From now until almost daffodil weather (March 31st), you can experiment with databases the HELIN consortium of libraries is considering. Just follow this link to find a list of trials:
Please note that, in some cases, you might have to enter a username and password in order to access a database. Those usernames and passwords appear in the manner below:
Enjoy! And if there’s a particular database you’d like us to subscribe to, please fill out this online form.
All the Christmas presents have long been packed up, and New Year’s Eve is a distant memory.
It’s not quite time to head back to PC, and you’re stuck at home with outside temperatures heading into the single digits.
What to do?
Watch this: Literally! As a PC student, you have access to tons of cool films and videos via our new Kanopy platform. There are art films, documentaries, first-run films, and stuff you can’t see on Netflix. Click on over and start watching! Break will be over before you know it.
The Library Display Committee is at it again!! It’s all about displays, ’bout displays, no treble!! Tis the season to exhibit the items found in Special and Archival Collections. Located in the library foyer on the left side as you walk in, photographs from past Christmas tree lighting ceremonies to An Advent Service of Lessons and Carols provide the backdrop for A Christmas Celebration!
Please take a moment to enjoy the White House ornaments from the John V. Brennan ’59 Collection artfully arranged as a Christmas tree along with various Christmas cards from past Providence College presidents.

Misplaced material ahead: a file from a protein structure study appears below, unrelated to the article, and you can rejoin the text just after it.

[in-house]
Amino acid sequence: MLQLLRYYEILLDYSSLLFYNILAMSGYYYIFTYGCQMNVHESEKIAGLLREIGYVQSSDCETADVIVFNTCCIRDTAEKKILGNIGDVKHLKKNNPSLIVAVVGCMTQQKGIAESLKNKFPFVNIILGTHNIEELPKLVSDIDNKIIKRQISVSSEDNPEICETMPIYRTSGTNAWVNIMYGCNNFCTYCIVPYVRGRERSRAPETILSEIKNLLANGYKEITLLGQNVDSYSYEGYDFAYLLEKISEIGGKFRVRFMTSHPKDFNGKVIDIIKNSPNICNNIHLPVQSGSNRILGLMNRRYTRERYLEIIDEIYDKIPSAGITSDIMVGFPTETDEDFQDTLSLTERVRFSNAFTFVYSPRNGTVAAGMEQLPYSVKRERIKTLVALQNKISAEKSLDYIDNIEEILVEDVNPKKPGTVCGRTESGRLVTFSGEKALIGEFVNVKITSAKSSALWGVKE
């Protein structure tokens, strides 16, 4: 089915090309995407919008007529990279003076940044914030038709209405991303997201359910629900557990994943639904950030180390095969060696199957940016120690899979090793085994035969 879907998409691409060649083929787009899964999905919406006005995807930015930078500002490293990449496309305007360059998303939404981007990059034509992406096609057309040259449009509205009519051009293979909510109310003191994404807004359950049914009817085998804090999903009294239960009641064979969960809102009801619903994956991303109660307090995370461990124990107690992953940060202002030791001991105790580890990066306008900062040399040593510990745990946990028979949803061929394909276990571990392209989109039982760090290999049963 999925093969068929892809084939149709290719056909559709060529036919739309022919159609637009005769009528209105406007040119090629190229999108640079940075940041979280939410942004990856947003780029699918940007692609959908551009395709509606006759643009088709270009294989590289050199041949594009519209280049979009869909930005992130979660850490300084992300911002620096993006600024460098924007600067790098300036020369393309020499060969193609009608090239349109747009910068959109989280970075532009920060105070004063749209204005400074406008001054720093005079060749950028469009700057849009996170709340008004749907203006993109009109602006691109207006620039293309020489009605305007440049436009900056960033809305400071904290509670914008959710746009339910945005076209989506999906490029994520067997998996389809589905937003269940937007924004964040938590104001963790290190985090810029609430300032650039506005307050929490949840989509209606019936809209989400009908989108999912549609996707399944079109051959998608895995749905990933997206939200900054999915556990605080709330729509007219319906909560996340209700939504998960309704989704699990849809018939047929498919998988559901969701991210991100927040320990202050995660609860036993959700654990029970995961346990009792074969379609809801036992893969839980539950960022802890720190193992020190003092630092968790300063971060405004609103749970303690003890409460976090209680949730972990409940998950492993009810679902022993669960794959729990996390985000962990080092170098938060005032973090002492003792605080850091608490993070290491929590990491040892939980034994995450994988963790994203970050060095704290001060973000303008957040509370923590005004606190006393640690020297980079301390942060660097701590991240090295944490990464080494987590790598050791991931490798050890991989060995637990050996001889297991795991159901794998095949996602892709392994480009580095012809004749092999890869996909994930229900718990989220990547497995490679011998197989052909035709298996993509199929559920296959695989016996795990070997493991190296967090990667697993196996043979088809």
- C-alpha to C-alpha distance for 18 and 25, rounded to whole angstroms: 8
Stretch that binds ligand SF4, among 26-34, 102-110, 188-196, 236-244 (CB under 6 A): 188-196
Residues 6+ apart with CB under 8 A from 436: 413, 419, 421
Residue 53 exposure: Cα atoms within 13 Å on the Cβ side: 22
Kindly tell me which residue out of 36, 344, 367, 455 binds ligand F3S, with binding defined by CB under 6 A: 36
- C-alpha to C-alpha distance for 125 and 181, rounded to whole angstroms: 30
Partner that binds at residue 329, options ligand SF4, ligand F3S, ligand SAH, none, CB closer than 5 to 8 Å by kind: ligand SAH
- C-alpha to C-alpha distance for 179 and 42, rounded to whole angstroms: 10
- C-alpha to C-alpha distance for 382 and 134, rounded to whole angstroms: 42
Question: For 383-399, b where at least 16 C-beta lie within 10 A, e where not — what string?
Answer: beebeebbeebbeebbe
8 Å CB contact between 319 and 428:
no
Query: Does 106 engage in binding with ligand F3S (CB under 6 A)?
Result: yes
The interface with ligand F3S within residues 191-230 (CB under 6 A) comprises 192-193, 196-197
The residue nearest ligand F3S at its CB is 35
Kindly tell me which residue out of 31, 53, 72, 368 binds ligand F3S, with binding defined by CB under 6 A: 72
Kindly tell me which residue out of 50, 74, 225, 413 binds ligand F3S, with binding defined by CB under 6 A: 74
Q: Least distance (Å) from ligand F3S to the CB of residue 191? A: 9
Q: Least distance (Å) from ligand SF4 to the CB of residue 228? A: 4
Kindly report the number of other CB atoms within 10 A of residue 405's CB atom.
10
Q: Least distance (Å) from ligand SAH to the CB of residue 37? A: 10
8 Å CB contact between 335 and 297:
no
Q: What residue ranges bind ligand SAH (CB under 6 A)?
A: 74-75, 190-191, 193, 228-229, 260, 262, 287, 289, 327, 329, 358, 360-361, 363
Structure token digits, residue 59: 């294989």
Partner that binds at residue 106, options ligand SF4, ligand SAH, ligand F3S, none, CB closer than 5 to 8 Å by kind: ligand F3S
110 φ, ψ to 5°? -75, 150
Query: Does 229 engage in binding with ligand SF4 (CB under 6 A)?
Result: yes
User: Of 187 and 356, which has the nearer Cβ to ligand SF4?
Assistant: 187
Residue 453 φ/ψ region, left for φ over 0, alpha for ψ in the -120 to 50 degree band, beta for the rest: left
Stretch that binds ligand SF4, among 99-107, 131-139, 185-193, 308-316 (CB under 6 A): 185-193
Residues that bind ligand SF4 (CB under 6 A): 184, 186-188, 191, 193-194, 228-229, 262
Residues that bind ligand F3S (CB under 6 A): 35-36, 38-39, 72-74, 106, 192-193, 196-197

Read about Warren Harding, 29th President of the United States (1921-1923) and the 2014 ornament…interesting facts!
Be safe in your travels and enjoy this holiday season!
If you need help setting up an account in RefWORKS, stop by the Research HUB on the main floor of the library.
The database Science Direct is staggeringly good. It’s a marvel. If you’re looking for the most current scientific research available, then look no further than this database. It never disappoints.
But one thing to be aware of when using Science Direct is that it can be a little tricky to use the first time you access it. This is because on your initial visit to the database, you have to set up an account with a username and password.
To get started, first you click the “Sign In” button that’s on the green band at the top of the webpage. It looks like this:
Next, you’ll see a gray box pop up, on which you’ll click the link that says “Not Registered?” This is what it looks like:
After that, you’ll create a username and a password, which will then grant you access to the site.
The last thing you need to know about Science Direct is that, before being able to read an article, sometimes you’ll be asked to provide a “Cost Code.” Don’t worry! You don’t have to pull out your credit card. These articles can be expensive! Instead, simply enter your library barcode, which is a number on your PC ID card that starts with 25125…. Here is an example of that “Cost Code” issue:
And now you’re ready to enjoy Science Direct‘s bounty!
Here is a video to learn more about accessing Science Direct at PC: